Pain Management

In Western cultures, particularly, we appear to experience some confusion or ambivalence around the concept of pain. In one respect we seem to treat pain as something 'to be avoided at all costs', often culminating in the demand for a 'cut it off' or 'blot it out' treatment approach. Yet in another way, we see it as quite unavoidable. After all, pain is a part of life.

 

The meeting place of these views presents us with the dilemma of 'having' to experience something that we 'must get rid of' at all costs, whether that be through medication, surgery or some other form of external intervention. However, many a parent will be familiar with the immediate relief that a 'Band Aid' can bring to the pain and suffering of an injured child, whether the injury be a bruise or abrasion.

 

In a related way, many of the clients we assist in rehabilitating from a serious injury will report that the experience of pain came long after the actual occurrence of the injury. Additionally, when invited, these clients may also notice the experience of the pain or discomfort fluctuating throughout the day, where periods of the pain may be less bothersome at times, and perhaps even 'unnoticed' at other times (often reported as periods of 'distraction').

 

These discoveries can often surprise a client who can be 'caught in the thought' that their experience of pain is unalterable and ever-present. These noticings can also point to natural, recurring and often unconscious ways that we use to modify, alleviate, dissociate from, lessen, soften, distort and even accept the discomforts we are all dealt.

 

There is a great variety of natural ways that we all use to manage discomfort of various sorts. These techniques can be quite deliberate and designed from a logical, common sense approach. Indeed, it would make sense to most of us for example to avoid situations that might aggravate an injury or cause us unnecessary discomfort. Ways to manage pain might include:

  • Allocating, dividing and limiting our time to conduct certain activities
  • Learning new ways to perform tasks
  • Learning general relaxation techniques, including breathing techniques, meditation, hypnosis and self-hypnosis, Bio-feedback and Neuro-feedback
  • Learning to relax specific muscle groups
  • Experimenting with and designing different goals
  • Exploring different ways of achieving established goals.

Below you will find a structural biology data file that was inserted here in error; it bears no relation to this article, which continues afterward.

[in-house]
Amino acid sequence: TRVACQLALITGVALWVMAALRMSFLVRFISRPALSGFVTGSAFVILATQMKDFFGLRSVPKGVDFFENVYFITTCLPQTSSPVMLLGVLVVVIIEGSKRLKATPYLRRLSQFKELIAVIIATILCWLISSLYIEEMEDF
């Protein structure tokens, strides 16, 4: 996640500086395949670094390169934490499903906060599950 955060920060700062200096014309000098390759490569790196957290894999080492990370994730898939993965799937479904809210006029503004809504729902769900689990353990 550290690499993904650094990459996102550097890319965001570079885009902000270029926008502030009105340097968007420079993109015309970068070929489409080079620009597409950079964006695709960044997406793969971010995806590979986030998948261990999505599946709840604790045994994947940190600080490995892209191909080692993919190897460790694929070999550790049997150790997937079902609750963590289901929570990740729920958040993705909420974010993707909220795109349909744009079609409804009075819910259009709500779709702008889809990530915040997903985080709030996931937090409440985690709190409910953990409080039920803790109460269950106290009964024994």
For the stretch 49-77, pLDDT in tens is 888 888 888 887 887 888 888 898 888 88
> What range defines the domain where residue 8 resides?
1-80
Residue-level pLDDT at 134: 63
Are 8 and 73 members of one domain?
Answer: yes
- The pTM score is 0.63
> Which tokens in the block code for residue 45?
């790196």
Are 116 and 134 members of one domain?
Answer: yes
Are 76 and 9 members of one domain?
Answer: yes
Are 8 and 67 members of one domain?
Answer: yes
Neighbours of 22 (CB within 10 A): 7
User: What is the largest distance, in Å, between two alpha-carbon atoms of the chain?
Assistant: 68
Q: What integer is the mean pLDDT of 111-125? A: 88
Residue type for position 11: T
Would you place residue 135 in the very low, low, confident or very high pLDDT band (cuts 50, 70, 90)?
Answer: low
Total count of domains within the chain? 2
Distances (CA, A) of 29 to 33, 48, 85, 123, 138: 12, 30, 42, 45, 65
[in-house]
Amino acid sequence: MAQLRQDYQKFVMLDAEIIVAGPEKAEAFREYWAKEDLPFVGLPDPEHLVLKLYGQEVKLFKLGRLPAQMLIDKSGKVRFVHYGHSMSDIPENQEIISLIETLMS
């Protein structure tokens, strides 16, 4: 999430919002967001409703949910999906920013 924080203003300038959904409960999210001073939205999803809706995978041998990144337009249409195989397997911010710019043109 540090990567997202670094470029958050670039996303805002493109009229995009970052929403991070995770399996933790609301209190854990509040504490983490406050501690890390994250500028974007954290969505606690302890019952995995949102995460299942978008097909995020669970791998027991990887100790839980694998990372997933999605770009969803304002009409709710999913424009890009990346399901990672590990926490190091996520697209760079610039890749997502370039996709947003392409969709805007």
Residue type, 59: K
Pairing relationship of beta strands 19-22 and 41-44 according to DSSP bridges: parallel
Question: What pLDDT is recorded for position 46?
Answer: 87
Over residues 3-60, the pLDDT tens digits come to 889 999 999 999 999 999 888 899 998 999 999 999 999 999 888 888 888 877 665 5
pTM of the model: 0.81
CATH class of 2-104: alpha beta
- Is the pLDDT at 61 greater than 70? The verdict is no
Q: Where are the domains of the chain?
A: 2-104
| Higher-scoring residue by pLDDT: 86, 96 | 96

These methods, and ones like them, are all learnable, designable and open to discovery and negotiation. They provide fertile ground for counselling interventions where much can be achieved with thoughtful exploration, experimentation and planning.

 

Alternatively, many techniques may be less noticable to us.

 

Let's ask an esoteric question, like 'Am I really suffering at the times that I may not notice the sensation I call pain?'

 

Most pain that we experience can really seem as though the experience of it is constant, especially for those injuries or conditions where the term 'chronic' or continual pain seems to apply. Yet, many of our clients report that a major strategy for managing their pain is to keep their mind busy - to distract themselves from their discomfort. In fact, most of us who have experienced pain of various sorts can recall periods when we really hadn't noticed it so much for a period of time.

 

We have noticed that our experience of pain can and does change in our daily lives. That's natural. But these potent and natural effects appear to be associated with a quality relative to attention, and point usefully to the relationship between one's noticing and experience of sensation.

 

Many clients find the use of hypnosis and self-hypnotic strategies invaluable in their repertoire of managing skills. Hypnosis has long served as an effective and powerful mechanism in the management of pain.

 

 

What if ... you discovered that your mind has the potential to offer you natural and powerful ways of managing pain? Imagine that.

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